The House of Representatives of the United States on Friday, Sept. 9, passed by voice vote a bill that would allow U.S. citizens to sue Saudi Arabia for the terror attacks on American soil on Sept. 11, 2001 that shook the whole world.
With the Senate having passed the bill in May, the bill has now cleared the hurdle that was the U.S. Congress, and the only person standing in its way is President Barack Obama, who is opposed to it because he believes if Saudi Arabia is sued, it may open the floodgates to American citizens being counter-sued by Saudi Arabia.
The Sept. 11, 2001 attacks, better known as just "9/11", had seen two American aeroplanes, hijacked by radicalised Muslim youths belonging to al-Qaeda, crashing into the two towers of the World Trade Centre in New York. The crashing and the subsequent destruction of the towers led to nearly 3,000 deaths right there.
Two other attacks were also carried out that day. One was on the Pentagon building in the U.S. state of Virginia, into which another hijacked passenger plane crashed. It led to more than 120 deaths. The fourth attack was not completed, as the hijacked passenger plane crashed in Pennsylvania as passengers and hijackers fought for control.
Saudi Arabia has been blamed for various components of the attack. For starters, the country was used by the 9/11 attack mastermind and al-Qaeda leader Osama bin Laden for years. In fact, he had issued a fatwa in 1996 against American soldiers in Saudi Arabia. Secondly, several of the attackers reportedly obtained fake Saudi passports, which they used to board the planes without raising suspicion and carried out the attacks.
Matters were worsened by many Saudis privately supporting Laden and his cause. It did not help that 15 of the 19 attackers were from Saudi Arabia. A Congressional enquiry would later hint at the involvement of government officials from Saudi Arabia in the attacks. Although Saudi Arabia was never formally implicated for the attacks, a plotter had confessed last year that a Saudi prince had financed the attacks. Riyadh has nixed any such claim.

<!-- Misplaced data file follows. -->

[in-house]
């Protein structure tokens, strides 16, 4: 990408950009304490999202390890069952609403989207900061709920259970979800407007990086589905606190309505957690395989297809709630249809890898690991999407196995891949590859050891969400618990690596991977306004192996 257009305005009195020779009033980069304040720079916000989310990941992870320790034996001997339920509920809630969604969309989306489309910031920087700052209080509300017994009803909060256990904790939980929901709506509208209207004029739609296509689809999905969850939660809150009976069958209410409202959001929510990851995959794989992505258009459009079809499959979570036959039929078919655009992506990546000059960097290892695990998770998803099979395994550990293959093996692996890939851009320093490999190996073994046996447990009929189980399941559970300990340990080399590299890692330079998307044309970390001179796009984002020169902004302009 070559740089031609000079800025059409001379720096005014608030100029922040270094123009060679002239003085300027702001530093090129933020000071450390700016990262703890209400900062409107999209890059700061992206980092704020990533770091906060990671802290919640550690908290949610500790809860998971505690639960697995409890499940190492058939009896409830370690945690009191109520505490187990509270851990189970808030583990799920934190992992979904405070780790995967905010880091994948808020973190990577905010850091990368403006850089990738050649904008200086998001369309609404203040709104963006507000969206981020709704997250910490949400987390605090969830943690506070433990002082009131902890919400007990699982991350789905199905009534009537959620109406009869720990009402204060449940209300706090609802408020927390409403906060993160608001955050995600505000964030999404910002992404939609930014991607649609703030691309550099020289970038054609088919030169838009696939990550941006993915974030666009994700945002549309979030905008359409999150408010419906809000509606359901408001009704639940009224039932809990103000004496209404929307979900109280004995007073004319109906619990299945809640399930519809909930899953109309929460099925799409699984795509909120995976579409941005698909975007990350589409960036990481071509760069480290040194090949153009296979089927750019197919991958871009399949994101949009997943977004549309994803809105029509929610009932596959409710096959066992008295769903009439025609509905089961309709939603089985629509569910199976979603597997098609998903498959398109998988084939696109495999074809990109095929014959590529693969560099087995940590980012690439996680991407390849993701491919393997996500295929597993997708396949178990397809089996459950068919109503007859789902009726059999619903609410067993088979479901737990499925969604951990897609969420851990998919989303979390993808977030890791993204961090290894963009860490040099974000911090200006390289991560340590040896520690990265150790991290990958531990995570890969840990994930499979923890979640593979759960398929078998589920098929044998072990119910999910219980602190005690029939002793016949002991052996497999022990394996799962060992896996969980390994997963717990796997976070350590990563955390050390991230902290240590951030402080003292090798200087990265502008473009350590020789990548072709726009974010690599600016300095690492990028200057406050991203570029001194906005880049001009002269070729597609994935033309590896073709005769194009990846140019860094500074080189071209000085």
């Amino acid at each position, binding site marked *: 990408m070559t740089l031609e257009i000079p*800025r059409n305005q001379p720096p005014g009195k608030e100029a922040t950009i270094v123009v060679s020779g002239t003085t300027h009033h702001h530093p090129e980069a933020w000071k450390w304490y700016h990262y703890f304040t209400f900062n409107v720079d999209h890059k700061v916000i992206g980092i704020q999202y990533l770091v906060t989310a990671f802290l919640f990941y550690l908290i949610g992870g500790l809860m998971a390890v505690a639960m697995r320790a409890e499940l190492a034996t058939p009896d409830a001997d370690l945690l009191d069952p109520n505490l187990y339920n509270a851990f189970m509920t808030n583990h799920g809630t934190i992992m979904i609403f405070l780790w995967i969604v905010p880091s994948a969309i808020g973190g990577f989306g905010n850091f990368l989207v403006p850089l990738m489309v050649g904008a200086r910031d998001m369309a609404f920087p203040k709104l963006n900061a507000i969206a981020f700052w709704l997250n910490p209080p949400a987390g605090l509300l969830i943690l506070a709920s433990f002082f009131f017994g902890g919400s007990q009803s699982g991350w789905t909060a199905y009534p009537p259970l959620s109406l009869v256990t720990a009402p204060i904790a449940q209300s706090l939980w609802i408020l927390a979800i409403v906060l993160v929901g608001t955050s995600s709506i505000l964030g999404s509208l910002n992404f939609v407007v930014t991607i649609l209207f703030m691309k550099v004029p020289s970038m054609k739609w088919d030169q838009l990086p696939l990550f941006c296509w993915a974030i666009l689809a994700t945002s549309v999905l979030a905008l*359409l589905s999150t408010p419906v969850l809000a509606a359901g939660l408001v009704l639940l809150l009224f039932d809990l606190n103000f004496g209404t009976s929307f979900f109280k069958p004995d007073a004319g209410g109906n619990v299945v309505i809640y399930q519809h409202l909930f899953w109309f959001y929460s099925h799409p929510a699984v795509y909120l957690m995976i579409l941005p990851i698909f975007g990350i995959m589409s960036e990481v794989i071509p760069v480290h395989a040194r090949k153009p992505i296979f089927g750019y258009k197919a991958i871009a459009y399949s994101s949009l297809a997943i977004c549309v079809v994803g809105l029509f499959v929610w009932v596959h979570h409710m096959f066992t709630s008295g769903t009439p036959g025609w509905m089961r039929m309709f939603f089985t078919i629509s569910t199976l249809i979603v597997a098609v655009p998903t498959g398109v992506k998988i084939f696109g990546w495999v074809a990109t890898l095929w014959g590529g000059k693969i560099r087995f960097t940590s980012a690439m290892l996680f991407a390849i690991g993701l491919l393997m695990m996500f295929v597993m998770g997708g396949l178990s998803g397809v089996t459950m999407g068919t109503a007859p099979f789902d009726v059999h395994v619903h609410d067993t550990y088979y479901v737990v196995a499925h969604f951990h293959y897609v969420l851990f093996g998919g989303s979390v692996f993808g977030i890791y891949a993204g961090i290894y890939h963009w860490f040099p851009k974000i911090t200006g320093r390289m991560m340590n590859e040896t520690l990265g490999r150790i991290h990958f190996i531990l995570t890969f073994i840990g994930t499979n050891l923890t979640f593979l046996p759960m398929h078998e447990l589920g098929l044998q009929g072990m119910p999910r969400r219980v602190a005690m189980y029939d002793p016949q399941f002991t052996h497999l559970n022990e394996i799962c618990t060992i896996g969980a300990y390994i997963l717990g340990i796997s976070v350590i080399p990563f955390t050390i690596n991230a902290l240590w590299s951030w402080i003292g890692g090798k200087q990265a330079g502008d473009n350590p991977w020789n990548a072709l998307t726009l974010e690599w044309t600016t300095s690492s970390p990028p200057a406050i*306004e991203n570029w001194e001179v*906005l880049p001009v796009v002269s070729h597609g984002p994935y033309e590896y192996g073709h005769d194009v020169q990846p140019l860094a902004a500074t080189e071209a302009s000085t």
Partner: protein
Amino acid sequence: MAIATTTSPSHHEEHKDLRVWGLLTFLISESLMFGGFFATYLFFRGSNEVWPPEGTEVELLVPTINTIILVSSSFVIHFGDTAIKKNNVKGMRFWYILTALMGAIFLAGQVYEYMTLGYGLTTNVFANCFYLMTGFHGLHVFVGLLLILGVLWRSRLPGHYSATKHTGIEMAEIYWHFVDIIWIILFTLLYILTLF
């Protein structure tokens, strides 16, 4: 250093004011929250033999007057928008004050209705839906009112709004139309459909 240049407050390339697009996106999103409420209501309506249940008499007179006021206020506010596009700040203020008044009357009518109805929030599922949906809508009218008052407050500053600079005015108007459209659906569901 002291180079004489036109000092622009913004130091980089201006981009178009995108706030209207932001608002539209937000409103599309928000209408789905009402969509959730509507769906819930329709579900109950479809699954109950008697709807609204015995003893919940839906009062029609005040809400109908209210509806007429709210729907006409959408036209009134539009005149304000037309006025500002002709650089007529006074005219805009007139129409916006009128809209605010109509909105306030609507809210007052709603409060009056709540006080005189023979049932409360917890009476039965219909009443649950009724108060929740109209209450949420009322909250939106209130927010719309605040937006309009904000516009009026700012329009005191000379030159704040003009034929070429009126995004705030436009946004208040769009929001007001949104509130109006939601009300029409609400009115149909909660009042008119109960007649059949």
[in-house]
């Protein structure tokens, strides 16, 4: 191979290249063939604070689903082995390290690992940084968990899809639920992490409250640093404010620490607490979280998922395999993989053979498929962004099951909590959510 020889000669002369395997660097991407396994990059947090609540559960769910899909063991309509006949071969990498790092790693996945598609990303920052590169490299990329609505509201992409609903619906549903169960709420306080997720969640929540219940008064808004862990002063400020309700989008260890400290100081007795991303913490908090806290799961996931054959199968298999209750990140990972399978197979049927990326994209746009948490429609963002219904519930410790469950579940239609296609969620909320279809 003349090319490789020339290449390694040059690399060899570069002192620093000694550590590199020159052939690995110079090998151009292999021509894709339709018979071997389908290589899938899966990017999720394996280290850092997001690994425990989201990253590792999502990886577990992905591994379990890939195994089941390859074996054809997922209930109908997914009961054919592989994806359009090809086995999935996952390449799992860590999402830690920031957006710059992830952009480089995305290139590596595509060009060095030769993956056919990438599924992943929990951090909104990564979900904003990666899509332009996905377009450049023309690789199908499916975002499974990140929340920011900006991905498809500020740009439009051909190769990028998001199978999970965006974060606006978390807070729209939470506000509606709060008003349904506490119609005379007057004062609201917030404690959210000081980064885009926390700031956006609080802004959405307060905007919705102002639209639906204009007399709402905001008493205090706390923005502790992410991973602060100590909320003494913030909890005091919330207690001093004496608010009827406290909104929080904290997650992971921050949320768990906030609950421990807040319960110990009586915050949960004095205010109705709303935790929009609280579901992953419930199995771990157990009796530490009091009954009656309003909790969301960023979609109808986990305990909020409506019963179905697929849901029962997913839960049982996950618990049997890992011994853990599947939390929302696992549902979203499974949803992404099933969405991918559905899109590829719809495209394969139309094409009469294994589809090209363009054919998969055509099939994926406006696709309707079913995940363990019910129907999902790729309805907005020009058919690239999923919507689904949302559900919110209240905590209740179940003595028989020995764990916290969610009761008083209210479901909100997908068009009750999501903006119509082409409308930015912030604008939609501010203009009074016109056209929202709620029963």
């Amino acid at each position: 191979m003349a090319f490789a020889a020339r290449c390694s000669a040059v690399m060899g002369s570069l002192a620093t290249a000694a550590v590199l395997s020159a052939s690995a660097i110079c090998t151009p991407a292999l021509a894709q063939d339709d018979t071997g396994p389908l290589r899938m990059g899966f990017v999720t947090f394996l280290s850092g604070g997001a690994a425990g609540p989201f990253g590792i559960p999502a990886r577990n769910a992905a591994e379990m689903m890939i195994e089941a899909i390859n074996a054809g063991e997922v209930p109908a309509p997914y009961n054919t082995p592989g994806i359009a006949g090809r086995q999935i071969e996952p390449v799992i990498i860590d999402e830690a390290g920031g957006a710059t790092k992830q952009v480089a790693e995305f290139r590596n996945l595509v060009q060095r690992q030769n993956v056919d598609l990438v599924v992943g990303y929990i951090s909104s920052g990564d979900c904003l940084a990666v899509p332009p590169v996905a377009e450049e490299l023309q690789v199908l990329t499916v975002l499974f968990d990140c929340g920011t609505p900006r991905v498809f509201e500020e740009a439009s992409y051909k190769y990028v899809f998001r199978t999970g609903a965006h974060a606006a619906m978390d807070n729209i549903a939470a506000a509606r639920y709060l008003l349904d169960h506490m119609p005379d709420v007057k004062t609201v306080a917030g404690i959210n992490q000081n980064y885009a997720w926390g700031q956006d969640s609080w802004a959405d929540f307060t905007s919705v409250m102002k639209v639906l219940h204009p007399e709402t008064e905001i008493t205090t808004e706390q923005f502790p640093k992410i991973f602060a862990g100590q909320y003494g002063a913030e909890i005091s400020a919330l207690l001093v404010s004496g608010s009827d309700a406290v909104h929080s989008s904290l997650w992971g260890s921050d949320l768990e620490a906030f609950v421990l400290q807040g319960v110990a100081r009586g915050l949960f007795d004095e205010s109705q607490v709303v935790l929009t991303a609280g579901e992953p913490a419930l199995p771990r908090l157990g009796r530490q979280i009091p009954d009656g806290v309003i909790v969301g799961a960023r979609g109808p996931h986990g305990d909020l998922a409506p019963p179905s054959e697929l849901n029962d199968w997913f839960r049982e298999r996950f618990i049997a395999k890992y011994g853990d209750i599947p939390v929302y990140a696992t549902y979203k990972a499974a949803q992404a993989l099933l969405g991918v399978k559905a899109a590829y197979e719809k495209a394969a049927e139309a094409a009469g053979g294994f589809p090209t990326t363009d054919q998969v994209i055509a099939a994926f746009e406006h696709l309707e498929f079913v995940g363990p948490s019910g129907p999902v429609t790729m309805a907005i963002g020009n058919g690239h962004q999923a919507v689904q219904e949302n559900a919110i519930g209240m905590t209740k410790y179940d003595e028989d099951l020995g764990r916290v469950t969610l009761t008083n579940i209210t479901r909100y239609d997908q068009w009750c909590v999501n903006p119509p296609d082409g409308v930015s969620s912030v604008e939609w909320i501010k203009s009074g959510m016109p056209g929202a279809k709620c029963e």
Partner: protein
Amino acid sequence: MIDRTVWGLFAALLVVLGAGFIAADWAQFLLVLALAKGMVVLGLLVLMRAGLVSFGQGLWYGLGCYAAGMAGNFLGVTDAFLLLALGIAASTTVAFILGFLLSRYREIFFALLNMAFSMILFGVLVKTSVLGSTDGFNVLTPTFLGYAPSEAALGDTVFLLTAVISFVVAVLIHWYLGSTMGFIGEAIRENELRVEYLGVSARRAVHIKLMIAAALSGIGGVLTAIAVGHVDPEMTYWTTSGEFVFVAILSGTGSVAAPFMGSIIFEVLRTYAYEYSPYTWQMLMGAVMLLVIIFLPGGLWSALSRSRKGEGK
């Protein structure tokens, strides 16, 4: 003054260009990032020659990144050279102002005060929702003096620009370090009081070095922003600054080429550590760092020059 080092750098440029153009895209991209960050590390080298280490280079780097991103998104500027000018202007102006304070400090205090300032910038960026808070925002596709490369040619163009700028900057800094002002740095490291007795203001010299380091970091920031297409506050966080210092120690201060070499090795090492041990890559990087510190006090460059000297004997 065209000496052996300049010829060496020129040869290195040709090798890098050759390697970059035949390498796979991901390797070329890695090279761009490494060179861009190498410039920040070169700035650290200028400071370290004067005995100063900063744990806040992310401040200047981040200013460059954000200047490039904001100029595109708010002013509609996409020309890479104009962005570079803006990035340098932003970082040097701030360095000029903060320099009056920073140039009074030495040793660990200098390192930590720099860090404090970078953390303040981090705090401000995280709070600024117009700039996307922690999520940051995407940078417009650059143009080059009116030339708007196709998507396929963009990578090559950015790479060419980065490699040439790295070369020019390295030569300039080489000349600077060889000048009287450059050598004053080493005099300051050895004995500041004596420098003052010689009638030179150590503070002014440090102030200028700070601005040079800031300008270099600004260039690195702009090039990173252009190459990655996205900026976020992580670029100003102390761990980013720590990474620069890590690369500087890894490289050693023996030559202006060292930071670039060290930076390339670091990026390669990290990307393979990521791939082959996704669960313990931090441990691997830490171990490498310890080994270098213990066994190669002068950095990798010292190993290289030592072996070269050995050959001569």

Now, with the bill being passed by the U.S. Congress, only Obama's nod is needed to turn it into a law. However, he may veto the bill, for fears that Saudi Arabia -- currently a key ally of the United States -- could retaliate with lawsuits of its own. It could be particularly detrimental to U.S. citizens living in Saudi Arabia, which has strict laws on a bunch of topics, but does not always enforce them.
However, as the 15th anniversary of the attacks is just around the corner, Republican lawmakers in the U.S. will look to overrule Obama's veto with the right number of votes in favour of the bill. A victory in this regard would be just the right kind of populist foundation for its presidential candidate Donald Trump to seek votes, although Democratic candidate Hillary Clinton, who was once secretary of state for Obama himself, also supports the bill.